HISTORY AND DEVELOPMENT OF PATENT LAWS IN INDIA

Authors:

Kavya Murugesan, School of Excellence in Law

Bhavya Venkatachalam, Ansal University

Mansi Bagh, Gitam School of Law, Gitam University

Editor:

Meghaa G., TNNLU

A Patent is generally referred to as an exclusive right granted to an inventor who has invented a new and useful article for a limited period of time. The term “Patent” got its statutory meaning through the Indian Patents Act, 1970. This right helps to encourage the inventors to invent new articles.

History of Patent laws in India:

Though the rise of inventions has increased in various fields in the 19 CE, the essentials of a patent like novelty, inventive step & the lack of its non-obviousness have remained the same, ever since 400 hundred years ago.

The history of the Patent system in India can be traced back to the British period in India. The first patent legislation enacted in India was Act VI of 1856[1] for the protection of inventions. This was enacted purely based on the British Patent Law, 1852[2]. This Act provided some exclusive rights to the inventor for a period of 14 years. However, it was then later repealed by Act IX of 1857[3], as the previous Act was adopted without the approval of British Crown.

The same act was modified through the Act XV of 1859[4], where it introduced “exclusive privilege” to the inventor for the period of 14 years from the date of filing of specification. This modified legislation was based on the UK Act of 1852[5]. This Act was then renamed and passed as The Patterns and Designs Protection Act in 1872[6]. Later, it was further amended as The Protection of inventions Act in 1883 with its main focus on the protection of novelty of invention before making an application for its protection (which were disclosed in Exhibition of India). Later some amendments were made in UK law, to adopt its changes in Indian law, the 1883 Act was further integrated & adopted as Inventions and Designs Act in 1888.

Earlier jurisdiction to Patent Act was High Court of Presidency towns of Madras, Bombay and Calcutta, but only under Act V of 1888[7], the jurisdiction was extended further to other courts of territory of India beyond the Presidency towns.

Later with the development and increase of many new inventions to protect the interest of Inventors, British rulers enacted Indian Patent & Designs Act, 1911[8] thereby repealing all the previous patent laws in India.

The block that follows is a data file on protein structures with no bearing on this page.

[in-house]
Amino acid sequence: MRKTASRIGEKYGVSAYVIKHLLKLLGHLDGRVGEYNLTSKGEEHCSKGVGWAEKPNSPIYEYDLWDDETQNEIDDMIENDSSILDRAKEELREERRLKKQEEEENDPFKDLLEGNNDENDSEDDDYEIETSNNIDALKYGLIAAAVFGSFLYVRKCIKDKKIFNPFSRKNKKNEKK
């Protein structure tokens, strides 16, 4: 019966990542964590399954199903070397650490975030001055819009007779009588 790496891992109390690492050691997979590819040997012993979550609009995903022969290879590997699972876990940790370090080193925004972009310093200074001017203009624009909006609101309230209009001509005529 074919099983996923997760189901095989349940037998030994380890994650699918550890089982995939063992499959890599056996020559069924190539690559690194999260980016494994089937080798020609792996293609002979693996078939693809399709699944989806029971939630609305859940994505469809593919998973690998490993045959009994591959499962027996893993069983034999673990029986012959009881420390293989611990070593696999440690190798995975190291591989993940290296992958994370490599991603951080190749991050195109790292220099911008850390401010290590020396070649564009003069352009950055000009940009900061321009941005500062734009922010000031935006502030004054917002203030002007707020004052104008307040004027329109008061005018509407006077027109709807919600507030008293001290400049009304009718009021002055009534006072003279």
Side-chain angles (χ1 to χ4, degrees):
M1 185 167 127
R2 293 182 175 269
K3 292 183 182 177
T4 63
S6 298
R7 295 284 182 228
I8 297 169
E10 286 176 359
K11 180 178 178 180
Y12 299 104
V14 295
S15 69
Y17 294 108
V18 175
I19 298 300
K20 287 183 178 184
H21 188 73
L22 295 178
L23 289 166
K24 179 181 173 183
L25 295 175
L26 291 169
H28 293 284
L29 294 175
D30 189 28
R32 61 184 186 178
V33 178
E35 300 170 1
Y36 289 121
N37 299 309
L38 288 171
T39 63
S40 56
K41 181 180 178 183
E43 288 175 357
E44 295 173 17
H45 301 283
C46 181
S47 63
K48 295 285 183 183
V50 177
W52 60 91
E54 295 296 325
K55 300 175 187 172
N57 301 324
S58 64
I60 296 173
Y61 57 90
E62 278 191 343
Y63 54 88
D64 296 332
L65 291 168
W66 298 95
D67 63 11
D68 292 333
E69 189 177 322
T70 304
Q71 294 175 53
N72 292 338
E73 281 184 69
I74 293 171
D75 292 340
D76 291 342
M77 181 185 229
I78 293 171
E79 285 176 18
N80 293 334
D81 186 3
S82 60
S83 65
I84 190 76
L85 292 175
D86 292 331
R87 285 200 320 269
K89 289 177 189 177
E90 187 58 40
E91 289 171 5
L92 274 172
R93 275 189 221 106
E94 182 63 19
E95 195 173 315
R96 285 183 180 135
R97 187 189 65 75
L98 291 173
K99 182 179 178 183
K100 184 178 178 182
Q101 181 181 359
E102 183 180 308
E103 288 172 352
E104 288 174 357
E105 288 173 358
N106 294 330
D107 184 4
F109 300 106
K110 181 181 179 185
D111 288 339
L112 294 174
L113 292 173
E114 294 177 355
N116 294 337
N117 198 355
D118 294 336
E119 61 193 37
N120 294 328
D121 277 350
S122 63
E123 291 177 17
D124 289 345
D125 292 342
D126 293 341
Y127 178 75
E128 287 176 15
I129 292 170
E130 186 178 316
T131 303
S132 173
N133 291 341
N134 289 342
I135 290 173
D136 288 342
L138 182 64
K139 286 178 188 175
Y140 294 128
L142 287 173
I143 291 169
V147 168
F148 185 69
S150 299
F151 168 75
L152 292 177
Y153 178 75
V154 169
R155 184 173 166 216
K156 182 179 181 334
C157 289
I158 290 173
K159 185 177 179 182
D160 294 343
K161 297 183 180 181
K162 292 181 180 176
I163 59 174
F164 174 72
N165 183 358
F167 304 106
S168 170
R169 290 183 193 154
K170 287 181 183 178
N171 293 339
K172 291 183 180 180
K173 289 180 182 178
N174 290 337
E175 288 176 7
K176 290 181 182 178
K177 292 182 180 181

Post-Independence Developments in Indian Patent Laws:

The historical backdrop of the modern Patent law in India begins from 1911 when the Indian Patents & Designs Act, 1911 was established[9]. The 1911 Act supplanted all the past Acts and brought patent organization under the administration of Controller of Patents. After Independence, it was felt that the Indian Patents and Designs Act, 1911 was not satisfying its target.

In 1957, the Government of India delegated Justice N. Rajagopala Ayyangar Committee to analyze the latest Patent Law. The report of the Committee was submitted in September 1959 in two segments. The initial segment managed general parts of the Patent Law & the subsequent part gave a definite note on the few conditions of the slipped by bills 1953.

The majority of the arrangements of the 1970 Act were brought into power on 20 April 1972 with the distribution of the Patent Rules, 1972. This Act stayed in power for around 24 years with no change until December 1994. A mandate affecting certain adjustments in the Act was given on 31 December 1994. Another mandate was given in 1999. This mandate was consequently supplanted by the Patents (Amendment) Act, 1999 on 1 January 1995. The altered Act required documenting the uses of item licenses in the zones of medications, pharmaceuticals and agro-synthetic compounds. However, such licenses were later not permitted.

The second alteration to the 1970 Act was made through the Patents (Amendment) Act, 2002 (Act 38 0f 2002). This Act came into power on 20 May 2003 with the presentation of the new Patent Rules, 2003 by supplanting the previous Patents Rules, 1972.

The third revision to the Patents Act 1970 was presented through the Patents (Amendment) Ordinance, 2004 w.e.f. 1 Jan2005. This Ordinance was later supplanted by the Patents (Amendment) Act 2005 (Act 15 of 2005) on 4 April 2005 which was brought into power from 1-1-2005.[10]

After the revision, the provisions regarding Exclusive Marketing Rights (EMRs)[11] have been revoked and a provision for empowering awards of a necessary permit has been presented. The arrangements relating with pre-award & post-award resistance have been additionally presented. A development regarding an item or a procedure that is new, including imaginative advance & fit for the modern application can also be protected in India.

Latest Development:

The Patents (Amendment) Act, 2005 & the Patent (Amendment) Rule 2005 came into enforced on 1 January 2005. It makes sure that the period for grant of a patent has also been shortened by considerably allowing the publication of the application & also the new procedure for filing is as follow below:

· Application made under FORM 1 (for Indian as well as PCT patent)

· If the process starts with filing a “Provisional Specification” then Complete Specification has to be filed within 12 months. No extension of time is allowed under any circumstances